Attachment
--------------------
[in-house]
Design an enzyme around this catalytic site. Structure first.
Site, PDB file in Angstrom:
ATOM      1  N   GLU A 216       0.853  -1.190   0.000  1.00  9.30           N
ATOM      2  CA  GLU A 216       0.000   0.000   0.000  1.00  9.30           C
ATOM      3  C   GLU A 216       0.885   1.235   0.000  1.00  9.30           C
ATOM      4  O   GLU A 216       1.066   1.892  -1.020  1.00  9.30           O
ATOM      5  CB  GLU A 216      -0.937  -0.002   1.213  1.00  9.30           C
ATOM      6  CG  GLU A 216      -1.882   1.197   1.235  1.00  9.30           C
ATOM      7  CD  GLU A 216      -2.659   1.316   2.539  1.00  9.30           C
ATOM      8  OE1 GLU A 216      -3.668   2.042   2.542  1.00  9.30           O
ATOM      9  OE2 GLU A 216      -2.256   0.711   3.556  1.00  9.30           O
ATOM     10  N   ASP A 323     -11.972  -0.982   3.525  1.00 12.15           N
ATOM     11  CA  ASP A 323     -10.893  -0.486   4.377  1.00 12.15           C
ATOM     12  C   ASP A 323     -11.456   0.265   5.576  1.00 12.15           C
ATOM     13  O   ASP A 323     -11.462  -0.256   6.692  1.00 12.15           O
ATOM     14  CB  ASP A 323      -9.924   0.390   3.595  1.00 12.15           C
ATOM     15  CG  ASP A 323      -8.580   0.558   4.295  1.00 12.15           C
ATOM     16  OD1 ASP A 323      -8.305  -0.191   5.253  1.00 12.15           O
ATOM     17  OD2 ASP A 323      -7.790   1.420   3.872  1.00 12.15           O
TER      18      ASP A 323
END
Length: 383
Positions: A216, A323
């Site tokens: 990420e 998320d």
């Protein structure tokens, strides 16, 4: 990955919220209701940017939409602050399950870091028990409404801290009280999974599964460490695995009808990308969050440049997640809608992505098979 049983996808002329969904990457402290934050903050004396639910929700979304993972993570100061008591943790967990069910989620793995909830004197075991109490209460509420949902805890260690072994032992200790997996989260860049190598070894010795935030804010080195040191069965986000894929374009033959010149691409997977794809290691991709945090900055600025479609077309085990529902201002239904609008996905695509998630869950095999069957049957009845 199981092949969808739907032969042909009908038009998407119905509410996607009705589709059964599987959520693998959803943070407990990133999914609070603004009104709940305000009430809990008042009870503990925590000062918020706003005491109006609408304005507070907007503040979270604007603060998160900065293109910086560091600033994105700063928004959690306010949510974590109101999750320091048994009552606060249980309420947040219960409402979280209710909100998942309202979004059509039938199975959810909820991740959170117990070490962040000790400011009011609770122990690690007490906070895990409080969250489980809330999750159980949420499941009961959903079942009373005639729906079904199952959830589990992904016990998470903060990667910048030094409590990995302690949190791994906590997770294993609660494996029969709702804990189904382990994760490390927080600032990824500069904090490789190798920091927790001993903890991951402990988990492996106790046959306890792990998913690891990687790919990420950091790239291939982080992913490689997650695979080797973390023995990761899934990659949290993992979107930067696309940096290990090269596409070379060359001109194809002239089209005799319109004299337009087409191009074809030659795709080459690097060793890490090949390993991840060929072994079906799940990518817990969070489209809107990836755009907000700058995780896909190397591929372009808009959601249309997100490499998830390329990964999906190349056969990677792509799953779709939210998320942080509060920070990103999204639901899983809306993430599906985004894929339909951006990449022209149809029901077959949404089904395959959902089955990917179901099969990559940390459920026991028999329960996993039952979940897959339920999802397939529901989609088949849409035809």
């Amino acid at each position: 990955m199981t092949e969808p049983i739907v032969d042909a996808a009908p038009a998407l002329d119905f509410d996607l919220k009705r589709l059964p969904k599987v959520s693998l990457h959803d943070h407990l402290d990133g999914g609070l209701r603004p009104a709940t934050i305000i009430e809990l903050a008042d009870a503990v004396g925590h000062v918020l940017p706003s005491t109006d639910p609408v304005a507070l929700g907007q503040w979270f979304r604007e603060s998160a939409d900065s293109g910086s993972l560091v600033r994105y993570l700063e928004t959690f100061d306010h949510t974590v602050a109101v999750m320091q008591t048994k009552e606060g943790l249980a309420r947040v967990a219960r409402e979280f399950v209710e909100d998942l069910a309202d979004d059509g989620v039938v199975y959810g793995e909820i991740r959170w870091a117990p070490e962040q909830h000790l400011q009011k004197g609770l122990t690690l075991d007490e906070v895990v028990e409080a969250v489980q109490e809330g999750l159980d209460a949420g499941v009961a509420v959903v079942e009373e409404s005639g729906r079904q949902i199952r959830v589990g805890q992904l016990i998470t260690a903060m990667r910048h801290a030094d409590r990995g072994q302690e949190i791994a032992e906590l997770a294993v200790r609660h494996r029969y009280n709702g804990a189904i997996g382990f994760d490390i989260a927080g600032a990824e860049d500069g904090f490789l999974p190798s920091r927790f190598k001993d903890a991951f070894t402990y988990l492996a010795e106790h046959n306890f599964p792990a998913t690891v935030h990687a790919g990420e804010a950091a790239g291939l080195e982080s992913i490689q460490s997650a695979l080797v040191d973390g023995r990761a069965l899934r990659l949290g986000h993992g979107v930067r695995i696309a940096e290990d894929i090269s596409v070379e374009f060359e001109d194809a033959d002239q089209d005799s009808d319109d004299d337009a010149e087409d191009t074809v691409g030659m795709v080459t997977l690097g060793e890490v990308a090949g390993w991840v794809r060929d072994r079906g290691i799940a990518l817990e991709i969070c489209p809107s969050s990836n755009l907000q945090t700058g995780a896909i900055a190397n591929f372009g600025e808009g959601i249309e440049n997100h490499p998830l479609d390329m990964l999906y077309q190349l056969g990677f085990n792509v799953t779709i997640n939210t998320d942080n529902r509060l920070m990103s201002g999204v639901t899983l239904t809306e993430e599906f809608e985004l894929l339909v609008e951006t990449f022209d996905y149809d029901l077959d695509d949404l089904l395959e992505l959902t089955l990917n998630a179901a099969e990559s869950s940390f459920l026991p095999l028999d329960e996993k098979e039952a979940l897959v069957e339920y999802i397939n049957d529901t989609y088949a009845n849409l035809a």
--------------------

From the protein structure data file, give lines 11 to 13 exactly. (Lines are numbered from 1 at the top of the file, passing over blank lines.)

ATOM      8  OE1 GLU A 216      -3.668   2.042   2.542  1.00  9.30           O
ATOM      9  OE2 GLU A 216      -2.256   0.711   3.556  1.00  9.30           O
ATOM     10  N   ASP A 323     -11.972  -0.982   3.525  1.00 12.15           N